At first, Children of Men is less a fantasy film than a toe-curling dystopian landscape: a latter-day Hieronymus Bosch panel depicting a world come apart at the seams. Everywhere you look in this gray, concrete world, there’s another expression of human distress, from noxious sentimentality to hysterical self-recrimination, from violence to paralysis and everything in between. The plot is part allegory, part political complaint, reveling in human weakness, and packed with all manner of scattershot allusions to Christianity—though any ultimate meaning (apart from the bromide “hold on to hope for the future”) is difficult to discern. Luckily, moral lessons are largely irrelevant in an action thriller, and when Children of Men gets going, about halfway through, you’ll be more concerned about catching your breath than figuring things out. It’s just about the future of the human race, okay?

Political chaos is crumbling every nation and municipality (the morning the film begins marks Day 1,000 of the Siege of Seattle, though it’s unclear who’s laying siege and to whom). In sheltered Britain, where the action takes place, thousands of desperate refugees arrive daily by the boatload, only to be corralled in cages and herded toward concentration camps for deportation. The propaganda efforts of the new totalitarian government are not subtle: “The world has collapsed / Only Britain soldiers on,” glowers a television spot. But then, neither is director Alfonso Cuarón’s pointed, and often quite beautiful, mise-en-scène: Above a horrific immigrant camp at Bexhill-on-Sea, a large sign reads “Homeland Security.”

The cause of this universal distress is ascribed, generally, to a plague of infertility that has afflicted every one of the world’s women (with a spike in Middle Eastern terrorism to nudge things along). In a quiet bit of exposition, a nurse, huddled in an abandoned elementary school, remembers how her ward simply stopped hearing from new mothers; when she checked in with another hospital in Australia, the story was the same. But the movie doesn’t waste time with etiology. It’s clear the screenwriters have no idea how generalized despair and blocked maternal impulses turn into riots and revolution—only that they must. Even before the trailing edge of children reaches majority, economies have had plenty of time to collapse.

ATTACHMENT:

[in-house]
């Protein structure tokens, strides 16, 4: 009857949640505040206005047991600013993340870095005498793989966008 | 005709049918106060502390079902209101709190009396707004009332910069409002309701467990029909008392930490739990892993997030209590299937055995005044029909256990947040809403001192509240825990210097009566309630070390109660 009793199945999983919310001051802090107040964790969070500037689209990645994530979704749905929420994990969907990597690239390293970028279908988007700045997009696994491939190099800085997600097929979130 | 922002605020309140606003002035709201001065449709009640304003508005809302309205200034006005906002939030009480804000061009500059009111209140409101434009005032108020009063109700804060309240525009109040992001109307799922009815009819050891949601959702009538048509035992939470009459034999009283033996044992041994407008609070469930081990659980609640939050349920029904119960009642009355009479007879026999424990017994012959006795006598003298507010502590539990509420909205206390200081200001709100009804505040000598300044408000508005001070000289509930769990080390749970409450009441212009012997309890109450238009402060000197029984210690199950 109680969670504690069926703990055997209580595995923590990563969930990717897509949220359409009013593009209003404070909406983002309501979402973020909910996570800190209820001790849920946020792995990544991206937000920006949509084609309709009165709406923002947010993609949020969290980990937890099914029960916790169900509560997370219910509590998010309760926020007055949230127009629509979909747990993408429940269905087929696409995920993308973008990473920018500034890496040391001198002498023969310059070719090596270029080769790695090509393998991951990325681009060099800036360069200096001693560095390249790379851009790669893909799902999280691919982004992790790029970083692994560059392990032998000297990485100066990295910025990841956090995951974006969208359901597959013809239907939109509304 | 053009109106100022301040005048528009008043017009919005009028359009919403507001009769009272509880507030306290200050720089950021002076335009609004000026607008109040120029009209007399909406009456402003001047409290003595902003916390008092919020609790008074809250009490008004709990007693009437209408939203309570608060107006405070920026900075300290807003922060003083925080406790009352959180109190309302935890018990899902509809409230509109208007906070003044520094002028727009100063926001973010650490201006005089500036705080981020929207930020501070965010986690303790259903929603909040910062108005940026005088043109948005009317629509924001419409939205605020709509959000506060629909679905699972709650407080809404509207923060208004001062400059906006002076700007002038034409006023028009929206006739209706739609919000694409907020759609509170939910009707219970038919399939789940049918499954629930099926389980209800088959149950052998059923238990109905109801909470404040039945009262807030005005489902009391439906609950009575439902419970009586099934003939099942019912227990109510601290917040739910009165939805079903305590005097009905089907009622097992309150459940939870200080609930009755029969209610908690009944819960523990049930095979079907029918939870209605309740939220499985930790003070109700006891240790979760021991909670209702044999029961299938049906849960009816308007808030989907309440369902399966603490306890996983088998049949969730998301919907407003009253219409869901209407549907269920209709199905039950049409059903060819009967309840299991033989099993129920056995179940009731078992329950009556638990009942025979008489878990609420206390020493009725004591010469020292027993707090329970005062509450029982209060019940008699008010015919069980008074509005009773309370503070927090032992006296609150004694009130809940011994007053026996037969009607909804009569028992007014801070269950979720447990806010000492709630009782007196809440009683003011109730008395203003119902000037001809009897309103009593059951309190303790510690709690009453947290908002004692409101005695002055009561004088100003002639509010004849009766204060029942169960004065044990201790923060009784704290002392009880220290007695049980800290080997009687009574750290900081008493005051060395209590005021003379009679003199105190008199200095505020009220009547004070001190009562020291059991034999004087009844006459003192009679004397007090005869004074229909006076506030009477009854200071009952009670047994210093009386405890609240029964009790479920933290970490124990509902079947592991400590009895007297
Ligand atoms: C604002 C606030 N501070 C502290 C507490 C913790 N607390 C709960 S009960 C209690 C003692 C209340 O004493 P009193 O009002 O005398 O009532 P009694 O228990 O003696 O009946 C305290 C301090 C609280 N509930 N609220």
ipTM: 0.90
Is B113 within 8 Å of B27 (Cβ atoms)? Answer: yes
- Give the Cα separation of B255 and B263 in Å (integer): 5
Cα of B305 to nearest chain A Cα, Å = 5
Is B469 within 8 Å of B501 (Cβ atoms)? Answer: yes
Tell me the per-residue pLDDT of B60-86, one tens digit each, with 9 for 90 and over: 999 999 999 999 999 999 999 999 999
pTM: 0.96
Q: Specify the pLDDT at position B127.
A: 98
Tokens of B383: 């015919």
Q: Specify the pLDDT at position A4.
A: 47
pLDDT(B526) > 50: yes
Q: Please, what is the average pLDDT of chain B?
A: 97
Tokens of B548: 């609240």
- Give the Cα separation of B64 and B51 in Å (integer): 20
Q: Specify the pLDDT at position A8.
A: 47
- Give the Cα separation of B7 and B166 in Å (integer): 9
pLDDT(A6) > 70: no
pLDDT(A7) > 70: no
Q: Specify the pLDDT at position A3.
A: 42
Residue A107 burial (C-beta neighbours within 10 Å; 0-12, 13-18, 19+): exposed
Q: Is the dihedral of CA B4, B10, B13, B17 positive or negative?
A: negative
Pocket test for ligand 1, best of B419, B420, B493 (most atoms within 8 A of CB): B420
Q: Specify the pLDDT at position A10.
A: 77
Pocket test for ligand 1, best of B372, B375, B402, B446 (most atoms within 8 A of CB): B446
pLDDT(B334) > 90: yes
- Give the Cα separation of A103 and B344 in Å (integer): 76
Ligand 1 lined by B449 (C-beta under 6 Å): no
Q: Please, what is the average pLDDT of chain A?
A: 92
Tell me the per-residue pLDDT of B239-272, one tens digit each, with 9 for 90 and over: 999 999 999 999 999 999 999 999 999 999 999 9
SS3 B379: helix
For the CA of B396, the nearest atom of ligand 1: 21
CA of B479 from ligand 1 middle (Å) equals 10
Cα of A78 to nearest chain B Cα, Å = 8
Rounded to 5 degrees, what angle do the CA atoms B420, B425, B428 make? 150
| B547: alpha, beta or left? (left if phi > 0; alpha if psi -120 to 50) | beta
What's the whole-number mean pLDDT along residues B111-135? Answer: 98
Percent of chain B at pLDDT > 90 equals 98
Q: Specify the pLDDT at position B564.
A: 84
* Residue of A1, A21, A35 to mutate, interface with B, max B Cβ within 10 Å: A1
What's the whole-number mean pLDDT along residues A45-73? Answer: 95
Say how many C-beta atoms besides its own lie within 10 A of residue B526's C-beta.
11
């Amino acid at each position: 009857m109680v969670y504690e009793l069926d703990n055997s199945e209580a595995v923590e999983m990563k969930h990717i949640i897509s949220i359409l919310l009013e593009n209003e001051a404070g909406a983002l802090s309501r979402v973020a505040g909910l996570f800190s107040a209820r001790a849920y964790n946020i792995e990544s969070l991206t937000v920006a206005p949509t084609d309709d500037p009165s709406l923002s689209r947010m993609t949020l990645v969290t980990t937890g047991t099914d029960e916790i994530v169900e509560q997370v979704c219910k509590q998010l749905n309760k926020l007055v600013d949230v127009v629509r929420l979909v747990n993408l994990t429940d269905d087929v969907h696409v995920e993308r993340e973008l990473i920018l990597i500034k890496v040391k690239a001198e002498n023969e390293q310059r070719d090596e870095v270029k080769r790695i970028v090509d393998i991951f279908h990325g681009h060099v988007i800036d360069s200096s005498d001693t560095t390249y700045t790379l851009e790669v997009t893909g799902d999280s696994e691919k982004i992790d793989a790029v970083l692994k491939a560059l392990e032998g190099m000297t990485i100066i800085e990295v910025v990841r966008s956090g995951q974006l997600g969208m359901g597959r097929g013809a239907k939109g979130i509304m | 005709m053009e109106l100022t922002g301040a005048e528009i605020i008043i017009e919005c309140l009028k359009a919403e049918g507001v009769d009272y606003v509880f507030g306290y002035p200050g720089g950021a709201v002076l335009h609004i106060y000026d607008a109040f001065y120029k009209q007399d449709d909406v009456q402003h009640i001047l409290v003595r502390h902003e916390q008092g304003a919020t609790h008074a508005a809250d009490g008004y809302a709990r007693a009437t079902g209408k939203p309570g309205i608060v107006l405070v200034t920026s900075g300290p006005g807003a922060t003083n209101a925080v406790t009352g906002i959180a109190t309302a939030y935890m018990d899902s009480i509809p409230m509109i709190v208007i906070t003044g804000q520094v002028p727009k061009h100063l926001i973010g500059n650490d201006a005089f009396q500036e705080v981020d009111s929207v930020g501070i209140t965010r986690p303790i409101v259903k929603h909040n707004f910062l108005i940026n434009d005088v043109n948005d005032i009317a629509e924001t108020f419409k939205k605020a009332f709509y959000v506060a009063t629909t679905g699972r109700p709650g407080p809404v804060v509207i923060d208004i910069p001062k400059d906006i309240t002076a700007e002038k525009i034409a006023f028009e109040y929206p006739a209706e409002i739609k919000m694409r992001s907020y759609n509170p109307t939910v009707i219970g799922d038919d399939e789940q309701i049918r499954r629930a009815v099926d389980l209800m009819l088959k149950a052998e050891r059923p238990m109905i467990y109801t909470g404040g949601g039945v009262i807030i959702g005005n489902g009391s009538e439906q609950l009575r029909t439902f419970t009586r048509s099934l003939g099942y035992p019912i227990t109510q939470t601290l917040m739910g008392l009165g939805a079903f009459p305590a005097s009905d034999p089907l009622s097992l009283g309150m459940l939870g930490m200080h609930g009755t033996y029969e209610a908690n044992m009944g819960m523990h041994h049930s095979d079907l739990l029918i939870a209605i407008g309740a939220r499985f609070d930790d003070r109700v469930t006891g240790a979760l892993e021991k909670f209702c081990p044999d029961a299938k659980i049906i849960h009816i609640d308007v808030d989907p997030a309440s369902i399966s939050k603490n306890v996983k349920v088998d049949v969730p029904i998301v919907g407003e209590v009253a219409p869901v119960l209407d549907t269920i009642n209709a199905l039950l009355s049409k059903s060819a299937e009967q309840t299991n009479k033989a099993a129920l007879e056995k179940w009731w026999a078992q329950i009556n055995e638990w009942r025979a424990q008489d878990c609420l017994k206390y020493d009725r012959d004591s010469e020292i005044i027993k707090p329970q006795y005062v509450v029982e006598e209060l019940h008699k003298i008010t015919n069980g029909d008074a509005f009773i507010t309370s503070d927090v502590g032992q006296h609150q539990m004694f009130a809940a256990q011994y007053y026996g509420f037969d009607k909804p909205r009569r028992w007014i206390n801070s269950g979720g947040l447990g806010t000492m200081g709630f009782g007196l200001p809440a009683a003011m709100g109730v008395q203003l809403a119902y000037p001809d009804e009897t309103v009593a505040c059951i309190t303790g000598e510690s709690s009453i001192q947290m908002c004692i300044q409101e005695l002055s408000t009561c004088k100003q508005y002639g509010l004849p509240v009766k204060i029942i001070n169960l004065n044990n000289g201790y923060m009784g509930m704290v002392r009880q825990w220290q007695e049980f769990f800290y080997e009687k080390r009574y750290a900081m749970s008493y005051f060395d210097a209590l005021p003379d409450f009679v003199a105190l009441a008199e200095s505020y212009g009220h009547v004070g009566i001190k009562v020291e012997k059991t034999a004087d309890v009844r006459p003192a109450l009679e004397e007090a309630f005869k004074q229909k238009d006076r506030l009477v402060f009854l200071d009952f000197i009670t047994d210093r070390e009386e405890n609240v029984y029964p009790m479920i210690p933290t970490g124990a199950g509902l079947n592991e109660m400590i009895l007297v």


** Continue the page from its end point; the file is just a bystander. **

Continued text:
Clive Owen plays Theo, the kind of shuffling antihero who eyes roadside flagellation cults with the same impassive gaze he turns on the incessant television commercials for Quietus, a government-approved suicide pill. He isn’t much of a character, but he’ll do for a guide. One of the first places he brings us is the home of an old hippie named Jasper (Michael Caine, delightful), a cannabis-laced oasis in the English countryside. Then Theo runs into an old activist flame (Julianne Moore, in one of her less interesting performances—but to be fair, she isn’t allowed to live very long). He’s pulled into a militant immigrant-rights group called the Fishes, who introduce him to a young refugee named Kee (the perfectly petulant Clare-Hope Ashitey). Kee impulsively places her trust in Theo, and in a humble barn, she reveals her secret: She’s pregnant. The thriller begins.

Children of Men has drawn attention for Emmanuel Lubezki’s cinematography. But much-discussed stunts like a single, quarter-hour shot of an intricate battle sequence are impressive less for their circus-trick virtuosity than how well they serve the scene. Is anything tenser and quicker and more agile and less oxygenated than a shot that hundreds of extras and cast and crew cannot fuck up? You can feel how difficult the shot was to choreograph and this urgency gets sucked into the picture. You can’t sit back and admire Lubezki’s skill. You’ll be struck dumb. He isn’t aiming for elegance—it’s all throttle.

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When Children of Men winds down, it’s an artificial sort of relief. Theo and Kee are aiming for a floating Valhalla called The Human Project, and what was permissibly vague in the realm of etiology begins to look lazy toward the end—why is she pregnant? What is the Project? We never find out, but no one ever said hope was anchored to facts. Try to make a movie about the most precious and least rational of human emotions, and it’s bound to turn out a little wispy in the end.